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Issue # 1425      26 August 2009

Victorian bushfire report delivers grim warning

Last Tuesday the initial report of an official inquiry into the bushfires that ravaged country Victoria last February 7, now known as Black Saturday, was released. The fire claimed 173 lives (including 113 people who died at home). It wreaked havoc on 78 communities over 430,000 hectares, an area which included national parks, and was the worst natural disaster in Australia’s recorded history. The final report will deal with each fatality, and with the issue of controlled burning within the fire area. The terrible story of the Black Saturday fires carries important messages about our environment, which is changing at a rapid rate.

The Inquiry’s findings and their implications

The report contains severe criticism of Victoria’s Country Fire Authority (CFA) and, by implication, of the Brumby government. Evidence was presented that warnings about specific fires were deficient in timing and content, that the language used to describe the fires was sometimes confusing, and that the CFA’s communication technology was in some respects inadequate, especially given the speed at which the fires spread.

The report was critical of the CFA, and in particular of its chief officer, Russell Rees. Nevertheless, it did not apportion blame for the disaster to the Authority, and the Government has recently reappointed Rees to his position. The outcome could have been far worse, if not for the CFA and the fire fighters. The CFA depends on volunteers and community support won over many hard years of fire-fighting. It has already taken many new initiatives, particularly with regard to improved communication and public warnings, in preparation for the new bushfire season, now only nine weeks away.

However, it is clear that the CFA must adapt to the new environment by incorporating the most advanced scientific methods of predicting, reducing the risk and dealing with fires.

The inquiry heard many suggestions for reducing fire risk, including the removal of vegetation growing close to roads, which endangered or blocked the passage of vehicles fleeing the Black Saturday fires. Evidence put to the inquiry also indicates that staying in one’s home and dousing bushfire embers is only relevant for fires of relatively minor intensity. Traditional homes have little or no chance of surviving another Black Saturday. As one witness said, “In a severe fire, houses are not refuges, they are fuel.”

In at least one case, a resident survived the passage of the fire by taking shelter in a concrete underground structure, indicating that new homes and refuge bunkers in existing homes will have to be built with materials and construction methods that have been proved to resist the spread of fire.

The report contained recommendations concerning the broadcast and language of fire warnings, the use of sirens, the classification of fires, the early evacuation of children, and community refuges. It recommended that the Victorian Education Department should take a number of new initiatives, and that commercial broadcasters should carry reports of fires, as well as the ABC. However, it did not recommend compulsory evacuation procedures.

Further inquiry hearings will examine the key role of the CFA chief officer, in particular regarding the provision of information about the path and speed of a fire’s progress. It will also discuss the issue of fire control burning. Victorian Premier John Brumby has admitted that many of the Black Saturday failings “related to funding and policy”, and surely one of the biggest failings was the inadequacy of controlled burning to reduce the risk of fire. A parliamentary committee’s recommendation that the amount of controlled burning should be tripled was never carried out. The outcome seems evident in the aftermath of Black Saturday.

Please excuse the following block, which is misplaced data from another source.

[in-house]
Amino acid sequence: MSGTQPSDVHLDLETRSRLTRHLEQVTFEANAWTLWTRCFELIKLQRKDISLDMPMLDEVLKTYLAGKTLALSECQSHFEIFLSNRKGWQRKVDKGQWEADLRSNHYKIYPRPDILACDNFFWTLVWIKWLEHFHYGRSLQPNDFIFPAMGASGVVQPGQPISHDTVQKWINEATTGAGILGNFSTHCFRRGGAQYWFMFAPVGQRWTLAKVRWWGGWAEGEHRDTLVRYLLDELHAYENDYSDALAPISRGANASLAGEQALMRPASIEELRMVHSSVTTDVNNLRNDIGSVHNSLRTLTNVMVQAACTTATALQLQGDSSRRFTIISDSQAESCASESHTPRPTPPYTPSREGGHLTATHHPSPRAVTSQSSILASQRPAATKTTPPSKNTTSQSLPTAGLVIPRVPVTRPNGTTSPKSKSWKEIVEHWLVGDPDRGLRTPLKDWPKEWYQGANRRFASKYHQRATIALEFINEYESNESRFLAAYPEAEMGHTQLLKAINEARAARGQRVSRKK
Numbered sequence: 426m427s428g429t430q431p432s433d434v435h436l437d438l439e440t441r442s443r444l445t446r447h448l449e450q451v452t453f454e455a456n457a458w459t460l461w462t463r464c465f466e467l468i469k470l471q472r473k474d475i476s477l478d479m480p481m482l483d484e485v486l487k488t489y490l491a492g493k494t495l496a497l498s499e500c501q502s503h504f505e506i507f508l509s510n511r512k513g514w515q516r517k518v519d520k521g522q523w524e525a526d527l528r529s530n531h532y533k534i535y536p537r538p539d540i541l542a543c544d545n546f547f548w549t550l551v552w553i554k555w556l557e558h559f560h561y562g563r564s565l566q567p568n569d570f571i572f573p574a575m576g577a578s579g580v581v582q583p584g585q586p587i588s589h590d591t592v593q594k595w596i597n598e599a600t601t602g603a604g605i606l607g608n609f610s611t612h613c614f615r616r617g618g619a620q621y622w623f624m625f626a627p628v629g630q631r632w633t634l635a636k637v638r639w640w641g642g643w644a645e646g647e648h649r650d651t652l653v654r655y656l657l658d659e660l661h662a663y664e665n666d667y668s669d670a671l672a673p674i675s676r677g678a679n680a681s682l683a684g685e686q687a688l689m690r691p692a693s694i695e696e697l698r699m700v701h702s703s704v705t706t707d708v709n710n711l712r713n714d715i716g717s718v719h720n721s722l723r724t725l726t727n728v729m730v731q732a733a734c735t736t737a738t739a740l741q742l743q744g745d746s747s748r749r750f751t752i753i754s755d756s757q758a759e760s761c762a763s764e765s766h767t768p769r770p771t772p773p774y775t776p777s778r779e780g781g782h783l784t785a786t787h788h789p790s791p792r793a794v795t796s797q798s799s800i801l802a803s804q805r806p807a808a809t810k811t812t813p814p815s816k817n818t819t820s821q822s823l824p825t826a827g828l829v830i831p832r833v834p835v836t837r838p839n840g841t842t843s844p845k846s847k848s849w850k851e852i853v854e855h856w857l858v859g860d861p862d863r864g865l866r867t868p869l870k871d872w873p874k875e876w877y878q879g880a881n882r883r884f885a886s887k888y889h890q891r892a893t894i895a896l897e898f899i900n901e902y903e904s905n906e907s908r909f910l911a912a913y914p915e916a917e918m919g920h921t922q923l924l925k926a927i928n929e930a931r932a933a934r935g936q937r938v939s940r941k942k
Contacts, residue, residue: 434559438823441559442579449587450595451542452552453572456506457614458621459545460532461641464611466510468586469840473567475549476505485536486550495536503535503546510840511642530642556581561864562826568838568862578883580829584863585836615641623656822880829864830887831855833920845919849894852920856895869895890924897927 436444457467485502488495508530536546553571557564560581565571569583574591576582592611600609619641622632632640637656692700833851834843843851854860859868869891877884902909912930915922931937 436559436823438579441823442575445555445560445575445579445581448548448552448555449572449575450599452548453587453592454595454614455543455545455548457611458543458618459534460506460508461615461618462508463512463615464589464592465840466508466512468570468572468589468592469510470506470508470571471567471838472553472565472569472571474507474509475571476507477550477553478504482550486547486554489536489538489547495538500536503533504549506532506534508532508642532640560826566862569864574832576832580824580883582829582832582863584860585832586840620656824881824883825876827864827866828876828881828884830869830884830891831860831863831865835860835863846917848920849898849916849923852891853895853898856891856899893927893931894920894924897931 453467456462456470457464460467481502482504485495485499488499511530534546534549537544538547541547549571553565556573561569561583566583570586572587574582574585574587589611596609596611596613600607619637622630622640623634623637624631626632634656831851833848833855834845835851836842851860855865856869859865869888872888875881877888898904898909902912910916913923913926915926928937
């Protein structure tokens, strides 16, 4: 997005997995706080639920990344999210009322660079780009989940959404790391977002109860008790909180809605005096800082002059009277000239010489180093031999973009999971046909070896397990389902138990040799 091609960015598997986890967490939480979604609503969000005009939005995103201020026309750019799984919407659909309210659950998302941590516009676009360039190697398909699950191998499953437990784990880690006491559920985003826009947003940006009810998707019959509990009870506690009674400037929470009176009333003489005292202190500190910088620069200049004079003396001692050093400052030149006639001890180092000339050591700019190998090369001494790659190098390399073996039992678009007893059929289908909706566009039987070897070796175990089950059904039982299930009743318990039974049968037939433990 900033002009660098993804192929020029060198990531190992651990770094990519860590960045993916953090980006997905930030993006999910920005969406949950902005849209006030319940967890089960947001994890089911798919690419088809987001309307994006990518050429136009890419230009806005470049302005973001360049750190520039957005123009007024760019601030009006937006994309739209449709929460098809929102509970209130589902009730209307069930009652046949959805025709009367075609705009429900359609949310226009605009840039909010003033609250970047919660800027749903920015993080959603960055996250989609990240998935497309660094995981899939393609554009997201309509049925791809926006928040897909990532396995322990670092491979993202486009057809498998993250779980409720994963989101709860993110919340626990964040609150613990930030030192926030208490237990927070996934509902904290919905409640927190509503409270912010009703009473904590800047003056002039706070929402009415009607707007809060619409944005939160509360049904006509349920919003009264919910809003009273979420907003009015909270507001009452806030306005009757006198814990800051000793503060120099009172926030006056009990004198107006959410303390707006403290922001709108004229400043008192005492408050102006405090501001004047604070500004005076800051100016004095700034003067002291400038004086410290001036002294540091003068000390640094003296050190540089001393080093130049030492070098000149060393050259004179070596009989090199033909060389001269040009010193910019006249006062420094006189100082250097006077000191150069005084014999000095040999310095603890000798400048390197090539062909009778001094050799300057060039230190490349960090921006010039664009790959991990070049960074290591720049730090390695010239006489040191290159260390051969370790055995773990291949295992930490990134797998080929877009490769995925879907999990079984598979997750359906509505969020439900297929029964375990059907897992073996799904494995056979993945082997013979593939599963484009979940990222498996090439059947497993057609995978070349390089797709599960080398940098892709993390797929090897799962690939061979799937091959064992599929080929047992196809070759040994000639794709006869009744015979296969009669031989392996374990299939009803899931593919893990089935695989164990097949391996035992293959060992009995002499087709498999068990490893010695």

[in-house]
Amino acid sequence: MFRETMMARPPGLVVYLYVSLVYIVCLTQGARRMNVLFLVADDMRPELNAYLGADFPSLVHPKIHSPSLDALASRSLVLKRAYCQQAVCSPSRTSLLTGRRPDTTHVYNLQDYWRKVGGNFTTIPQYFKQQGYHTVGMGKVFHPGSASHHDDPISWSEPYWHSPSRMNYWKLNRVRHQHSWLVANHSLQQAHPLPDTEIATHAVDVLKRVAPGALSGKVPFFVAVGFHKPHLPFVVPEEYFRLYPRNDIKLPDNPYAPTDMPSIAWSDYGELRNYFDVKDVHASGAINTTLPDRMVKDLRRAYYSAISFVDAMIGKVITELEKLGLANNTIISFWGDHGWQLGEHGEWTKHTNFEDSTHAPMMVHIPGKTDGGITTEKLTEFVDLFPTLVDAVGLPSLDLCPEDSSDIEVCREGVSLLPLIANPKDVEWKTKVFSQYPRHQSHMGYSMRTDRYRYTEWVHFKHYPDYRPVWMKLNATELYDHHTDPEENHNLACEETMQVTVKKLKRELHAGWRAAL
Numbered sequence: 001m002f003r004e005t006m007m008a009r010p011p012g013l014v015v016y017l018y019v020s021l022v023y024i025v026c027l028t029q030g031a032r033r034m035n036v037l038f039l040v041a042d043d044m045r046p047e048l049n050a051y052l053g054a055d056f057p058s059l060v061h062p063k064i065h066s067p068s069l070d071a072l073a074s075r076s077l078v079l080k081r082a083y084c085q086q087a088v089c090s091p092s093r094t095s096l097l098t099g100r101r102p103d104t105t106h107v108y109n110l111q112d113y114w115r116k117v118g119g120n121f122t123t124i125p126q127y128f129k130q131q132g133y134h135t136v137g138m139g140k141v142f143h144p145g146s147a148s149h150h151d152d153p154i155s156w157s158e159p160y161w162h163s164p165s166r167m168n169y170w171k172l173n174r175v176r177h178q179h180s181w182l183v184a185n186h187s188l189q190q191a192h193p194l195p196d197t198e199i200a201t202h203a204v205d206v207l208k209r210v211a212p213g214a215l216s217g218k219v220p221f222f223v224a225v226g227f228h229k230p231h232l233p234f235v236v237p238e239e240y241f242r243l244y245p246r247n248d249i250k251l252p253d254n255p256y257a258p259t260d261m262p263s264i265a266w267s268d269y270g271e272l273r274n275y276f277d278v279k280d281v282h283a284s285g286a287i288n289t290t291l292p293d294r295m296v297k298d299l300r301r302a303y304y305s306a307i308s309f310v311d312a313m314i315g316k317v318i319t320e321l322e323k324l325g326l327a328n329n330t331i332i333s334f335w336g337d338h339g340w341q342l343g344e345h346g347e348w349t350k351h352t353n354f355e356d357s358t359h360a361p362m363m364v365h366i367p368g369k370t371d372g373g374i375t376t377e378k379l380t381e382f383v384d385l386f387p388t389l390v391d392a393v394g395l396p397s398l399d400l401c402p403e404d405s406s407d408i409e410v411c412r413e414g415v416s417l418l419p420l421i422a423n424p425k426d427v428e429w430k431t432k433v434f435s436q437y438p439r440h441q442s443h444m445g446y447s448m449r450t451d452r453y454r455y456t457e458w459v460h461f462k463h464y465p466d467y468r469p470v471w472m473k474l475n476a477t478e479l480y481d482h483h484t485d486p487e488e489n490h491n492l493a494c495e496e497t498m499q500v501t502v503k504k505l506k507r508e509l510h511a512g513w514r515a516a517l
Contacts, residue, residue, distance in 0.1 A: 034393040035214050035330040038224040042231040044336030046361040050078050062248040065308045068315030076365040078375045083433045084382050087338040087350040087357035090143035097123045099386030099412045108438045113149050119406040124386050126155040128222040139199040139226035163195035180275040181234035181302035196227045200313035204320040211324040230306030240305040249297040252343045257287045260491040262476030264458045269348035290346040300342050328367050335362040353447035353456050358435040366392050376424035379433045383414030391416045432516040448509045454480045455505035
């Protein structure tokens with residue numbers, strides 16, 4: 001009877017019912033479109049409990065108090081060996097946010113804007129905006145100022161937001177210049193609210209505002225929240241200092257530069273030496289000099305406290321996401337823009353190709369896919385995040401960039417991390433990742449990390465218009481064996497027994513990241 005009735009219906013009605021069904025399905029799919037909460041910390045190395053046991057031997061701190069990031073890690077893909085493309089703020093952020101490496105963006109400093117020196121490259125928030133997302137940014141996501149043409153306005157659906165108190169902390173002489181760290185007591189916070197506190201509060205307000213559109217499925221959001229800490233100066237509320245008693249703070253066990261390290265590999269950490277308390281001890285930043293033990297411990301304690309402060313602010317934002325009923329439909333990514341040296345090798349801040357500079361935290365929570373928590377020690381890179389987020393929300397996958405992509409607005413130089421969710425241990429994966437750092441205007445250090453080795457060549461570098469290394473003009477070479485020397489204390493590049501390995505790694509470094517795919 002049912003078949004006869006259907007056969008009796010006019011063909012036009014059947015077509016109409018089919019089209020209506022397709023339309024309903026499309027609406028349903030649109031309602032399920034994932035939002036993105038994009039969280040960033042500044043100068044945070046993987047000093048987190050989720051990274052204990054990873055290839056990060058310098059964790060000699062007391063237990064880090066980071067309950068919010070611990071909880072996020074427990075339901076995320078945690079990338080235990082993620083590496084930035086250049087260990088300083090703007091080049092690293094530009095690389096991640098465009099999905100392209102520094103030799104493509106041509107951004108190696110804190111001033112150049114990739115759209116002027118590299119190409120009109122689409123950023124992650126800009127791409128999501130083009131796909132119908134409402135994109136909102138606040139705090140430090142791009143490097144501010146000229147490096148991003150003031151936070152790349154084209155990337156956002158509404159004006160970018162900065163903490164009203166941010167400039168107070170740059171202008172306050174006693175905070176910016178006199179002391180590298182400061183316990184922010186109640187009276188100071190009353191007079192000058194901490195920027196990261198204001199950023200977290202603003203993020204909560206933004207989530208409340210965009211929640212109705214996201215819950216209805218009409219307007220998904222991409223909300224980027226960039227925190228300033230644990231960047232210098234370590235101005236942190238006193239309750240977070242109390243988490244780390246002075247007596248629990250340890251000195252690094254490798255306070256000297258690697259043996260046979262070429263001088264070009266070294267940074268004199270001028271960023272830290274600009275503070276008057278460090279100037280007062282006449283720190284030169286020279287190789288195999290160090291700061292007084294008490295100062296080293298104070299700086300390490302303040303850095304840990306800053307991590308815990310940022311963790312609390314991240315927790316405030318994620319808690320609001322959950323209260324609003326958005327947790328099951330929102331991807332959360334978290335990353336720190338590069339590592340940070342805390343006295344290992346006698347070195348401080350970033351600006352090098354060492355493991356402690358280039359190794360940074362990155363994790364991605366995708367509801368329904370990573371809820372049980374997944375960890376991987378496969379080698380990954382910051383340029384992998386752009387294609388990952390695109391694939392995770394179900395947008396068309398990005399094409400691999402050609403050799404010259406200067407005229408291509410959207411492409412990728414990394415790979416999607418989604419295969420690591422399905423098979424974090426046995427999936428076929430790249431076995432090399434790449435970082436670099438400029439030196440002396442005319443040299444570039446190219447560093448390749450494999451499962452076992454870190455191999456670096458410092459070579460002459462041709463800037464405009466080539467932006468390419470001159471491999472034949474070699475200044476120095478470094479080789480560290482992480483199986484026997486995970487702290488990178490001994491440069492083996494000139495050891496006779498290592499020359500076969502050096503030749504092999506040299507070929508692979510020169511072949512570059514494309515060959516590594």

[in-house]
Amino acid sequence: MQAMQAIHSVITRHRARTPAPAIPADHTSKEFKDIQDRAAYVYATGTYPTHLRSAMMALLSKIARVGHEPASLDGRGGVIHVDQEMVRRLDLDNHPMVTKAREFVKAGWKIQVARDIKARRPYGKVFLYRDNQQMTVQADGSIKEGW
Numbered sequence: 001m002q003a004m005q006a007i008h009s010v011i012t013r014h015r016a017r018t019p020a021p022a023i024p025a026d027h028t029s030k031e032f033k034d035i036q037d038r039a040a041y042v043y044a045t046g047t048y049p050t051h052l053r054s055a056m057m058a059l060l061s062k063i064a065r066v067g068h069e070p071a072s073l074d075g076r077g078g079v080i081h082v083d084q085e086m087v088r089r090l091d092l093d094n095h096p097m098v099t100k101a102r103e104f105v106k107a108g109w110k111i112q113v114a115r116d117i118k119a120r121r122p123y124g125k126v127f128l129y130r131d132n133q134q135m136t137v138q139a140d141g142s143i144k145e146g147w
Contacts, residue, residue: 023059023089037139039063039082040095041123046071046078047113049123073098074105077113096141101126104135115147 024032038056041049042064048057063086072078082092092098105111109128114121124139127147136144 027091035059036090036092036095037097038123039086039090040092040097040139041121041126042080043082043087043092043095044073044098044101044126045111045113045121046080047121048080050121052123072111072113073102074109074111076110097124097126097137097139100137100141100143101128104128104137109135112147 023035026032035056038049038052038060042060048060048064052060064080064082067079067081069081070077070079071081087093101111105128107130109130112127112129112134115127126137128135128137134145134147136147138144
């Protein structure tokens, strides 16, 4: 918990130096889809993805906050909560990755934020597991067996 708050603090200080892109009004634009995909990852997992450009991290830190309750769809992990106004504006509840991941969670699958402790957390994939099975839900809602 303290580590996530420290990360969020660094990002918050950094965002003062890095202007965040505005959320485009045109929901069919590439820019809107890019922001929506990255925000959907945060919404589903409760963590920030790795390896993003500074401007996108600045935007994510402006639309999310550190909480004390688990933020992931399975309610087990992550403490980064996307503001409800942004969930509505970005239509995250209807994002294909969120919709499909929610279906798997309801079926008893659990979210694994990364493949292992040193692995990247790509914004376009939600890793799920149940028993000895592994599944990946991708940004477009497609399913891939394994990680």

The wider message

The CFA and its chief officer were criticised in the report, and have come under attack by the mass media, but focusing on their behaviour misses the main point. The procedures the CFA followed were inadequate to deal with the unprecedented speed and ferocity of the Black Saturday inferno, which is symptomatic of the new conditions arising from climate change.

The nation must now gear up to deal with fires of that magnitude, and must take other action to meet the challenges of climate change. This will necessitate an enormous reconsideration of the way we treat the natural environment, which needs to be enriched, not just exploited for the convenience of agricultural and other business interests.

In Australia, devastating bushfires will be far more frequent. Southern Australia will experience frequent and long droughts, increasing the risk of fires and reducing water resources, while the north will experience heavier downpours and more frequent floods. Bushfires exacerbate climate change because they increase the amount of carbon dioxide in the atmosphere. In order to mitigate climate change, the world’s vegetation, including Australia’s, must be increased, in order to reduce the carbon dioxide level.

Other nations are dealing with problems of a similar scale. Some Middle Eastern nations are attempting to green their deserts, many of which were created by human behaviour. We may have to do the same, and to examine other visionary schemes, like diverting water from flooded north-flowing Queensland rivers back into the south-flowing Darling River, in order to save the parched southern areas. That may or may not be a pipe dream, but it is clear that we are going to need to take enormous new initiatives in order to meet the challenges of the environmental crisis demonstrated in the Black Saturday fires.

Next articleWe have the moral high ground

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